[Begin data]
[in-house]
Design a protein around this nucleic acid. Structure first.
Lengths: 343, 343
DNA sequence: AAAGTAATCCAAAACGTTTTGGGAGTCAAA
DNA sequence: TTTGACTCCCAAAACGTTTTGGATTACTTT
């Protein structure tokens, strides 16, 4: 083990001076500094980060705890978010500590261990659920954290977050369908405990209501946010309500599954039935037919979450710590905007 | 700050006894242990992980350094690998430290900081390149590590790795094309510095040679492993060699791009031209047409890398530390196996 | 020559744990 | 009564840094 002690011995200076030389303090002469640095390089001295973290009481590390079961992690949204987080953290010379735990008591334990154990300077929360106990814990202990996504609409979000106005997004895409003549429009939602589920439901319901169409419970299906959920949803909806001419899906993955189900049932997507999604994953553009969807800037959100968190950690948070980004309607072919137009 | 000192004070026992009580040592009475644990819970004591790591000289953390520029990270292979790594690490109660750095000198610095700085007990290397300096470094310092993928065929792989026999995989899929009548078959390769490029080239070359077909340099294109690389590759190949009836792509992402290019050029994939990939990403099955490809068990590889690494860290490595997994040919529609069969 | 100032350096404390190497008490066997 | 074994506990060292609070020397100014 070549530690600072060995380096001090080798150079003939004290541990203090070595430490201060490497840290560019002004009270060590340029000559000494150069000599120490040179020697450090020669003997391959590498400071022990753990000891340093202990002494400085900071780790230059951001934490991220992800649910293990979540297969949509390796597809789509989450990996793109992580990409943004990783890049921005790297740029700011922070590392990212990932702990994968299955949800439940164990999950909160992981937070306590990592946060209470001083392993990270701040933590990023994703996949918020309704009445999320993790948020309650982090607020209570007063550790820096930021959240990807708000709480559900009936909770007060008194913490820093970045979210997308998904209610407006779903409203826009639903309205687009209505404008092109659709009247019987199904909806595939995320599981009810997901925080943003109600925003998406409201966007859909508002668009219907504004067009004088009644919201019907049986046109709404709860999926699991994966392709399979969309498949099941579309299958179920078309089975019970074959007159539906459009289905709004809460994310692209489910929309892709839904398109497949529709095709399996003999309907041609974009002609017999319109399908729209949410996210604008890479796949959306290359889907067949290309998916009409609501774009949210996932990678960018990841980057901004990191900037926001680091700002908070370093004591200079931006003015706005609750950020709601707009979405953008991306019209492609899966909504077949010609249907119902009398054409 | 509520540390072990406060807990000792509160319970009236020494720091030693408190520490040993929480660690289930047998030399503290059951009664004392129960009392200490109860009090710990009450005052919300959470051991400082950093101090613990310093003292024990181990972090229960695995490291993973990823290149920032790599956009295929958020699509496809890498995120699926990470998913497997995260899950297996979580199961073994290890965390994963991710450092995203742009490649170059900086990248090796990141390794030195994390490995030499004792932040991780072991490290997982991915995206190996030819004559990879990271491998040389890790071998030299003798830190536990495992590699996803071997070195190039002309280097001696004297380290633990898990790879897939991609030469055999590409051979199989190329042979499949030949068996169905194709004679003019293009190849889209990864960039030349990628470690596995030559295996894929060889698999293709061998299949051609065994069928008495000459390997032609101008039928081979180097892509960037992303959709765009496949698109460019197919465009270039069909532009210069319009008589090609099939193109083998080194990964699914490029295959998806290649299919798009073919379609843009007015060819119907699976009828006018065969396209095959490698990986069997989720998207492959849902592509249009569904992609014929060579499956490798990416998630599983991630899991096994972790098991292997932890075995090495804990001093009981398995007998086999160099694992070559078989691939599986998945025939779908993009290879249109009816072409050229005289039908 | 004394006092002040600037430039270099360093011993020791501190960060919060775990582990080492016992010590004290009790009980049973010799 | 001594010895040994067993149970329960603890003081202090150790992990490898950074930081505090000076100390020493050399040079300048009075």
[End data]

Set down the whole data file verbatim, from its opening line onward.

[in-house]
Design a protein around this nucleic acid. Structure first.
Lengths: 343, 343
DNA sequence: AAAGTAATCCAAAACGTTTTGGGAGTCAAA
DNA sequence: TTTGACTCCCAAAACGTTTTGGATTACTTT
């Protein structure tokens, strides 16, 4: 083990001076500094980060705890978010500590261990659920954290977050369908405990209501946010309500599954039935037919979450710590905007 | 700050006894242990992980350094690998430290900081390149590590790795094309510095040679492993060699791009031209047409890398530390196996 | 020559744990 | 009564840094 002690011995200076030389303090002469640095390089001295973290009481590390079961992690949204987080953290010379735990008591334990154990300077929360106990814990202990996504609409979000106005997004895409003549429009939602589920439901319901169409419970299906959920949803909806001419899906993955189900049932997507999604994953553009969807800037959100968190950690948070980004309607072919137009 | 000192004070026992009580040592009475644990819970004591790591000289953390520029990270292979790594690490109660750095000198610095700085007990290397300096470094310092993928065929792989026999995989899929009548078959390769490029080239070359077909340099294109690389590759190949009836792509992402290019050029994939990939990403099955490809068990590889690494860290490595997994040919529609069969 | 100032350096404390190497008490066997 | 074994506990060292609070020397100014 070549530690600072060995380096001090080798150079003939004290541990203090070595430490201060490497840290560019002004009270060590340029000559000494150069000599120490040179020697450090020669003997391959590498400071022990753990000891340093202990002494400085900071780790230059951001934490991220992800649910293990979540297969949509390796597809789509989450990996793109992580990409943004990783890049921005790297740029700011922070590392990212990932702990994968299955949800439940164990999950909160992981937070306590990592946060209470001083392993990270701040933590990023994703996949918020309704009445999320993790948020309650982090607020209570007063550790820096930021959240990807708000709480559900009936909770007060008194913490820093970045979210997308998904209610407006779903409203826009639903309205687009209505404008092109659709009247019987199904909806595939995320599981009810997901925080943003109600925003998406409201966007859909508002668009219907504004067009004088009644919201019907049986046109709404709860999926699991994966392709399979969309498949099941579309299958179920078309089975019970074959007159539906459009289905709004809460994310692209489910929309892709839904398109497949529709095709399996003999309907041609974009002609017999319109399908729209949410996210604008890479796949959306290359889907067949290309998916009409609501774009949210996932990678960018990841980057901004990191900037926001680091700002908070370093004591200079931006003015706005609750950020709601707009979405953008991306019209492609899966909504077949010609249907119902009398054409 | 509520540390072990406060807990000792509160319970009236020494720091030693408190520490040993929480660690289930047998030399503290059951009664004392129960009392200490109860009090710990009450005052919300959470051991400082950093101090613990310093003292024990181990972090229960695995490291993973990823290149920032790599956009295929958020699509496809890498995120699926990470998913497997995260899950297996979580199961073994290890965390994963991710450092995203742009490649170059900086990248090796990141390794030195994390490995030499004792932040991780072991490290997982991915995206190996030819004559990879990271491998040389890790071998030299003798830190536990495992590699996803071997070195190039002309280097001696004297380290633990898990790879897939991609030469055999590409051979199989190329042979499949030949068996169905194709004679003019293009190849889209990864960039030349990628470690596995030559295996894929060889698999293709061998299949051609065994069928008495000459390997032609101008039928081979180097892509960037992303959709765009496949698109460019197919465009270039069909532009210069319009008589090609099939193109083998080194990964699914490029295959998806290649299919798009073919379609843009007015060819119907699976009828006018065969396209095959490698990986069997989720998207492959849902592509249009569904992609014929060579499956490798990416998630599983991630899991096994972790098991292997932890075995090495804990001093009981398995007998086999160099694992070559078989691939599986998945025939779908993009290879249109009816072409050229005289039908 | 004394006092002040600037430039270099360093011993020791501190960060919060775990582990080492016992010590004290009790009980049973010799 | 001594010895040994067993149970329960603890003081202090150790992990490898950074930081505090000076100390020493050399040079300048009075």